Volume 12 Part 1 Article 67: Toxicological and Histopathological Studies on Agaricus bisporus

Volume 12 Part 1 Article 67
Year 1989
Title: Toxicological and Histopathological Studies on Agaricus bisporus
Authors: I.H.S. Al-Deen, H.A.A. Twaij, A.A. Al-Badr and T.A.W. Istarabadi


The progam of evaluation of Iraqi mushrooms for their toxic properties has revealed so far at least one species (Pleurotus ostreatus) with toxic properties (Al-Deen et al. 1987). The present communication reports on a second type of mushroom, Agaricus bisporus (J. Lange) Imbach, which grows wild in Iraq. Many local cases of mushroom poisoning in both humans and animals have been attributed to this fungus. A. bisporus is distributed widely in other parts of the world and it includes the commercially grown species in North America (Smith 1975) . Unfortunately, however, there have been conflicting reports regarding its toxicity. A. bisporus is grown commercially for human consumption (Lange and Hora, 1978; Miller, 1978; Raper and Raper, 1972; Smith, 1975). On the other hand, evidence has been presented that this mushroom produces a -glutamyl conjugate of p-hydroxymethylphenyl-hydrazine (Levenberg 1961) which forms the precursor for tha toxin methylhydrazine, or monomethylhydrazine (Chilton, 1978) . It is to be mentioned that some species of Agaricus were known to be toxic in some instances (Groves, 1962; Hesler, 1960; McKenny, 1971, Miller, 1972; Smith, 1975).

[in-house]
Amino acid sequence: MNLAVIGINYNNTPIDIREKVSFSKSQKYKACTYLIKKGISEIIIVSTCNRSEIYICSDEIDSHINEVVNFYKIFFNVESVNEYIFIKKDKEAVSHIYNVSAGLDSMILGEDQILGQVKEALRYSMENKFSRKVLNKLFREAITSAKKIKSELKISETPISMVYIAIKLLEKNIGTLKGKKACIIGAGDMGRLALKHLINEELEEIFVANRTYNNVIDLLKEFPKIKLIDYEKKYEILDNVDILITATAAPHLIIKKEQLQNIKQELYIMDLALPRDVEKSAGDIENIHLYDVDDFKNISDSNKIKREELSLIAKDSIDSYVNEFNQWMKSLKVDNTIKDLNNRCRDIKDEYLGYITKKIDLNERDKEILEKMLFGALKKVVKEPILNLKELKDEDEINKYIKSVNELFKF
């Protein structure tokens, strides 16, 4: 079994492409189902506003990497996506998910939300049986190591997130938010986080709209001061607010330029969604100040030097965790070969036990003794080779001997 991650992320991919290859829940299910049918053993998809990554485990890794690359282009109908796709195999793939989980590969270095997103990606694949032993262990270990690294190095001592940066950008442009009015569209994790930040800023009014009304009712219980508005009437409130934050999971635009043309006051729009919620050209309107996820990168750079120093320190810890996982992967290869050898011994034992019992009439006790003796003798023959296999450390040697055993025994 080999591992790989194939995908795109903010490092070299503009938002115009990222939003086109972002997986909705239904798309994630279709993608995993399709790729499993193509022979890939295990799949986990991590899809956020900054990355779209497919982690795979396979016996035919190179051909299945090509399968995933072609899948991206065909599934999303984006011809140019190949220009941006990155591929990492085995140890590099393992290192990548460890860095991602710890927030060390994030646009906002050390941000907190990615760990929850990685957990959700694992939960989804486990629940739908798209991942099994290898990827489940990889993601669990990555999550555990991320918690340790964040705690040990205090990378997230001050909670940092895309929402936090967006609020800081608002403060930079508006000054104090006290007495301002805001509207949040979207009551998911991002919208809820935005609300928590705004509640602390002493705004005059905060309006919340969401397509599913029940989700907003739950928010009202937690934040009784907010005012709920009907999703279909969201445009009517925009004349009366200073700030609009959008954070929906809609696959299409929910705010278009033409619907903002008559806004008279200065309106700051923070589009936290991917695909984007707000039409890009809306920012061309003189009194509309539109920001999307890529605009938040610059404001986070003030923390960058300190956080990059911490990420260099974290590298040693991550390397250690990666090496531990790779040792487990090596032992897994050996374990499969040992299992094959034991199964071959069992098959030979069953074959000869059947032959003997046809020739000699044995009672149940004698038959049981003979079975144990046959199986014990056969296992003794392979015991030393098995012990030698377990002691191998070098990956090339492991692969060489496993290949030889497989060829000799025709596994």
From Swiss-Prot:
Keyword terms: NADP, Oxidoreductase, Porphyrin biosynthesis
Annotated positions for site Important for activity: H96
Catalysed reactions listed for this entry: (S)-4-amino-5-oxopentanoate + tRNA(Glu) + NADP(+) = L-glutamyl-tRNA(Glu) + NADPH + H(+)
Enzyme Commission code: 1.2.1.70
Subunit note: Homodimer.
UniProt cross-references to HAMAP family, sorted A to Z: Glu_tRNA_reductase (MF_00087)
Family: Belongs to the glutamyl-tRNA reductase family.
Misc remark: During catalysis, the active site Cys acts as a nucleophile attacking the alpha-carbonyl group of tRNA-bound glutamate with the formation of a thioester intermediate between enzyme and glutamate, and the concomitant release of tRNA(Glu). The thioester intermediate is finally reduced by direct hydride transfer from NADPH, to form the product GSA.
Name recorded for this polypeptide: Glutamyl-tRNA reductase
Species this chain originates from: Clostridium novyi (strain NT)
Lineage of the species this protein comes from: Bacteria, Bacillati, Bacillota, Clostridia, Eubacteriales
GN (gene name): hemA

Highly poisonous mushrooms produce abdominal pain, nausea, vomiting, diarrhea, renal shut down, convulsion, coma and death. The onset of symptoms of poisoning may begin within 30 min. of ingestion of the mushroom, but could take several hours or even days depending on the potency of the toxins.
The present work represents a toxicological and histopathological study of the mushroom A. bisporus.

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